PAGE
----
No. 340 January Term, 1979, Appeal from Order of the Court of Common Pleas of Philadelphia, Criminal Trial Division, Nos. 127, 128, 129, 130 June Term, 1978.
Louis C. Johanson, Philadelphia, court-appointed, for appellant.
Robert B. Lawler, Chief, Appeals Div., Denis Cohen, Philadelphia, for the Commonwealth.
O'Brien, C. J., and Roberts, Nix, Larsen, Flaherty, Kauffman and Wilkinson, JJ.
Appellant Paul Oblek fatally stabbed his father and was charged with murder, voluntary manslaughter, involuntary manslaughter, robbery and related weapons offenses. Appellant was tried and convicted of murder of the third degree before the Honorable Bernard J. Goodheart, sitting without a jury. The Commonwealth nolle prossed the robbery and weapons bills. Following the denial of post-verdict motions, appellant was sentenced to a term of imprisonment of five to twenty years, the execution of which was suspended under sections 304 and 401 of the Mental Health Procedures Act and the appellant was committed to the Farview State Hospital.
On appeal, appellant argues that the M'Naghten Rule now governing the plea of "not guilty by reason of insanity" is no longer a viable standard in light of advances in the field of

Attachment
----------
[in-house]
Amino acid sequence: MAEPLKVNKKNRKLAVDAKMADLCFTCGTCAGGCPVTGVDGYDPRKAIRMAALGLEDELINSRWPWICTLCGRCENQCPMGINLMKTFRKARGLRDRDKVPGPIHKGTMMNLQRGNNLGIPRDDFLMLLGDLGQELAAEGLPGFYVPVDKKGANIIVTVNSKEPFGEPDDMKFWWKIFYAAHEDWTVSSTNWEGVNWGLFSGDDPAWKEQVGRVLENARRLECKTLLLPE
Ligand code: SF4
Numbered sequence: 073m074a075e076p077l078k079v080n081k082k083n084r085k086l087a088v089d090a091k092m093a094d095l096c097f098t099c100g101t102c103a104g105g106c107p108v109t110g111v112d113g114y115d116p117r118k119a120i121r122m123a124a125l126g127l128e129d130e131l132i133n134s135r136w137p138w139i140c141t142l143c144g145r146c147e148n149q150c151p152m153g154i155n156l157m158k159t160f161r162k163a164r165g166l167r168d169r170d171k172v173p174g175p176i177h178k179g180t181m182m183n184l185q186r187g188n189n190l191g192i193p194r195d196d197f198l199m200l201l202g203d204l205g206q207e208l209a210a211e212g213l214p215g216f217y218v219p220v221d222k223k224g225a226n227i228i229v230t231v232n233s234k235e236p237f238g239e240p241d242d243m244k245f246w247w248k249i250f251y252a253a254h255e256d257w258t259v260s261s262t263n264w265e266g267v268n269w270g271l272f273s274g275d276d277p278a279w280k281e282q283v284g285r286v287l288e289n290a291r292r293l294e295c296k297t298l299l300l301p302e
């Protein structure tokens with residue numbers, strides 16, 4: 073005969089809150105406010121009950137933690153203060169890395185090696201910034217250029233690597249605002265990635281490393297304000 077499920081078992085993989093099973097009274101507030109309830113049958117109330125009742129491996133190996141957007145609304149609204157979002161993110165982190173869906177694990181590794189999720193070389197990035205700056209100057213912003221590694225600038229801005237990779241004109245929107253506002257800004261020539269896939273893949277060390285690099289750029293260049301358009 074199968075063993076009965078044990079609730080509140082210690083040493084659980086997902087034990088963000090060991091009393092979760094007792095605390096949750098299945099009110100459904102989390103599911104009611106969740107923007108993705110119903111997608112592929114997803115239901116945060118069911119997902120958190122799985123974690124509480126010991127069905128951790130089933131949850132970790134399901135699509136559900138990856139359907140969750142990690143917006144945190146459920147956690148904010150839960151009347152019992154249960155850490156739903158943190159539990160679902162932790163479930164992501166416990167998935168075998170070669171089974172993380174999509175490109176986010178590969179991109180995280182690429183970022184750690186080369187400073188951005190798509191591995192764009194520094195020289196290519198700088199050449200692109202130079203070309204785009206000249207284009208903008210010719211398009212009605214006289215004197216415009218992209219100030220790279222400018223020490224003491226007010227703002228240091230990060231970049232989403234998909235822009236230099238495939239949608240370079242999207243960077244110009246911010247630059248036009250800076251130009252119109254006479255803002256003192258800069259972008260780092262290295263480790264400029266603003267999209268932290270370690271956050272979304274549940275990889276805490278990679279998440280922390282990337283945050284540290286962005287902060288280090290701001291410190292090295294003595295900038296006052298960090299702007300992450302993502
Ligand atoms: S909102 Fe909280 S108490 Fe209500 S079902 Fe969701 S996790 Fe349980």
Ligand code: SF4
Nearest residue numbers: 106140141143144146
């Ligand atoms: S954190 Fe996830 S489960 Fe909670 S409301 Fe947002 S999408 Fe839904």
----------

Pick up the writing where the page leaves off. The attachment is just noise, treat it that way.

psychiatry. The M'Naghten rule was adopted as the law of this Commonwealth in Commonwealth v. Mosler, 4 Pa. 264 (1846). We have repeatedly declined requests to abrogate the rule and once again decline. See e. g., Commonwealth v. Harper, 479 Pa. 42, 387 A.2d 824 (1978); Commonwealth v. Tomlinson, 446 Pa. 241, 284 A.2d 687 (1971) (overruled on other grounds); Commonwealth v. Melton, 406 Pa. 343, 178 A.2d 728 (1962) cert. denied 371 U.S. 851, 83 S.Ct. 93, 9 L.Ed.2d 87 (1962); Commonwealth v. Tyrrell, 405 Pa. 210, 174 A.2d 852 (1961); Commonwealth v. Woodhouse, 401 Pa. 242, 164 A.2d 98 (1960); Commonwealth v. Novak, 395 Pa. 199, 150 A.2d 102 (1959).
Appellant also argues that the evidence was insufficient to support a conviction of murder of the third degree in that appellant's mental condition precluded a finding of malice. After a thorough review of the record, we conclude that appellant's argument is devoid of merit.